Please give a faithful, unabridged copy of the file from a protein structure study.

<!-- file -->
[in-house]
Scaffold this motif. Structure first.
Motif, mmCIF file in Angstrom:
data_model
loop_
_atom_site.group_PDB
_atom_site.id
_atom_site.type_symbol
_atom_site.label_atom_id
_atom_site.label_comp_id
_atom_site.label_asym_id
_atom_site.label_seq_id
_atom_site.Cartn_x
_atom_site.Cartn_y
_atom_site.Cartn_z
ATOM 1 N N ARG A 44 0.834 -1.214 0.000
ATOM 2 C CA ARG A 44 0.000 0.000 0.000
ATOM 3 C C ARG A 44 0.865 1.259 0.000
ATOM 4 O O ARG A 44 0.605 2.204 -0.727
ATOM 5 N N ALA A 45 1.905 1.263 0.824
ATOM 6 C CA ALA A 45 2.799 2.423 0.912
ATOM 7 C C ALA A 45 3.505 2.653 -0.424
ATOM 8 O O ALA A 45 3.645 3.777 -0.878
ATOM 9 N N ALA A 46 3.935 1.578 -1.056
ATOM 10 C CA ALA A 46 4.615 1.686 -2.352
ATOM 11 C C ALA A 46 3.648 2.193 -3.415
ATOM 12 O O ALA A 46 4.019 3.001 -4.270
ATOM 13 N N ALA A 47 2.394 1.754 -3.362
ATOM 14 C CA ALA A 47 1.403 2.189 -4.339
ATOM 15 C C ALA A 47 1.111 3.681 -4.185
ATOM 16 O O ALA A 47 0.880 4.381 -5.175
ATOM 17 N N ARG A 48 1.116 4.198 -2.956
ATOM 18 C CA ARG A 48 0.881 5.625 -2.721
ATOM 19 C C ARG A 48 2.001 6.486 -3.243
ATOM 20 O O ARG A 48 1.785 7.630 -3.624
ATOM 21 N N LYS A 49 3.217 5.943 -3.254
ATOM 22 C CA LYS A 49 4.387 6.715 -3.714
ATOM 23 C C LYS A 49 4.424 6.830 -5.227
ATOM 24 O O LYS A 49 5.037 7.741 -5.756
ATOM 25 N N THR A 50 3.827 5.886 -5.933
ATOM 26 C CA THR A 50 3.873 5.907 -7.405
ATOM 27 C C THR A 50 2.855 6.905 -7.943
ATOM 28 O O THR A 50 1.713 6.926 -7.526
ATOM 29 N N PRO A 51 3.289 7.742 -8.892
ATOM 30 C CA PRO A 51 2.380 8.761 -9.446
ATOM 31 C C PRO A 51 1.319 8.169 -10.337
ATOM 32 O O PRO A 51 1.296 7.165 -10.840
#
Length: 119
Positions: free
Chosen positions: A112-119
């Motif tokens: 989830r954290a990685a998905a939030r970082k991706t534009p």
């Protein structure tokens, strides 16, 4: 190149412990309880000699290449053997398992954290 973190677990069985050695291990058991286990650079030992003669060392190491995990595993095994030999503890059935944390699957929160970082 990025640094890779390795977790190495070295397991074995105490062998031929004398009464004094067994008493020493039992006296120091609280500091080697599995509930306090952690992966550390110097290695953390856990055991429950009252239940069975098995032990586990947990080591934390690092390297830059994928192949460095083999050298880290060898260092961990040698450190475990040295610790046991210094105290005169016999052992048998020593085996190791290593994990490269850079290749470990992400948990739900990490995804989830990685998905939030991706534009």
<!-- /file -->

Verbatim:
[in-house]
Scaffold this motif. Structure first.
Motif, mmCIF file in Angstrom:
data_model
loop_
_atom_site.group_PDB
_atom_site.id
_atom_site.type_symbol
_atom_site.label_atom_id
_atom_site.label_comp_id
_atom_site.label_asym_id
_atom_site.label_seq_id
_atom_site.Cartn_x
_atom_site.Cartn_y
_atom_site.Cartn_z
ATOM 1 N N ARG A 44 0.834 -1.214 0.000
ATOM 2 C CA ARG A 44 0.000 0.000 0.000
ATOM 3 C C ARG A 44 0.865 1.259 0.000
ATOM 4 O O ARG A 44 0.605 2.204 -0.727
ATOM 5 N N ALA A 45 1.905 1.263 0.824
ATOM 6 C CA ALA A 45 2.799 2.423 0.912
ATOM 7 C C ALA A 45 3.505 2.653 -0.424
ATOM 8 O O ALA A 45 3.645 3.777 -0.878
ATOM 9 N N ALA A 46 3.935 1.578 -1.056
ATOM 10 C CA ALA A 46 4.615 1.686 -2.352
ATOM 11 C C ALA A 46 3.648 2.193 -3.415
ATOM 12 O O ALA A 46 4.019 3.001 -4.270
ATOM 13 N N ALA A 47 2.394 1.754 -3.362
ATOM 14 C CA ALA A 47 1.403 2.189 -4.339
ATOM 15 C C ALA A 47 1.111 3.681 -4.185
ATOM 16 O O ALA A 47 0.880 4.381 -5.175
ATOM 17 N N ARG A 48 1.116 4.198 -2.956
ATOM 18 C CA ARG A 48 0.881 5.625 -2.721
ATOM 19 C C ARG A 48 2.001 6.486 -3.243
ATOM 20 O O ARG A 48 1.785 7.630 -3.624
ATOM 21 N N LYS A 49 3.217 5.943 -3.254
ATOM 22 C CA LYS A 49 4.387 6.715 -3.714
ATOM 23 C C LYS A 49 4.424 6.830 -5.227
ATOM 24 O O LYS A 49 5.037 7.741 -5.756
ATOM 25 N N THR A 50 3.827 5.886 -5.933
ATOM 26 C CA THR A 50 3.873 5.907 -7.405
ATOM 27 C C THR A 50 2.855 6.905 -7.943
ATOM 28 O O THR A 50 1.713 6.926 -7.526
ATOM 29 N N PRO A 51 3.289 7.742 -8.892
ATOM 30 C CA PRO A 51 2.380 8.761 -9.446
ATOM 31 C C PRO A 51 1.319 8.169 -10.337
ATOM 32 O O PRO A 51 1.296 7.165 -10.840
#
Length: 119
Positions: free
Chosen positions: A112-119
């Motif tokens: 989830r954290a990685a998905a939030r970082k991706t534009p």
């Protein structure tokens, strides 16, 4: 190149412990309880000699290449053997398992954290 973190677990069985050695291990058991286990650079030992003669060392190491995990595993095994030999503890059935944390699957929160970082 990025640094890779390795977790190495070295397991074995105490062998031929004398009464004094067994008493020493039992006296120091609280500091080697599995509930306090952690992966550390110097290695953390856990055991429950009252239940069975098995032990586990947990080591934390690092390297830059994928192949460095083999050298880290060898260092961990040698450190475990040295610790046991210094105290005169016999052992048998020593085996190791290593994990490269850079290749470990992400948990739900990490995804989830990685998905939030991706534009």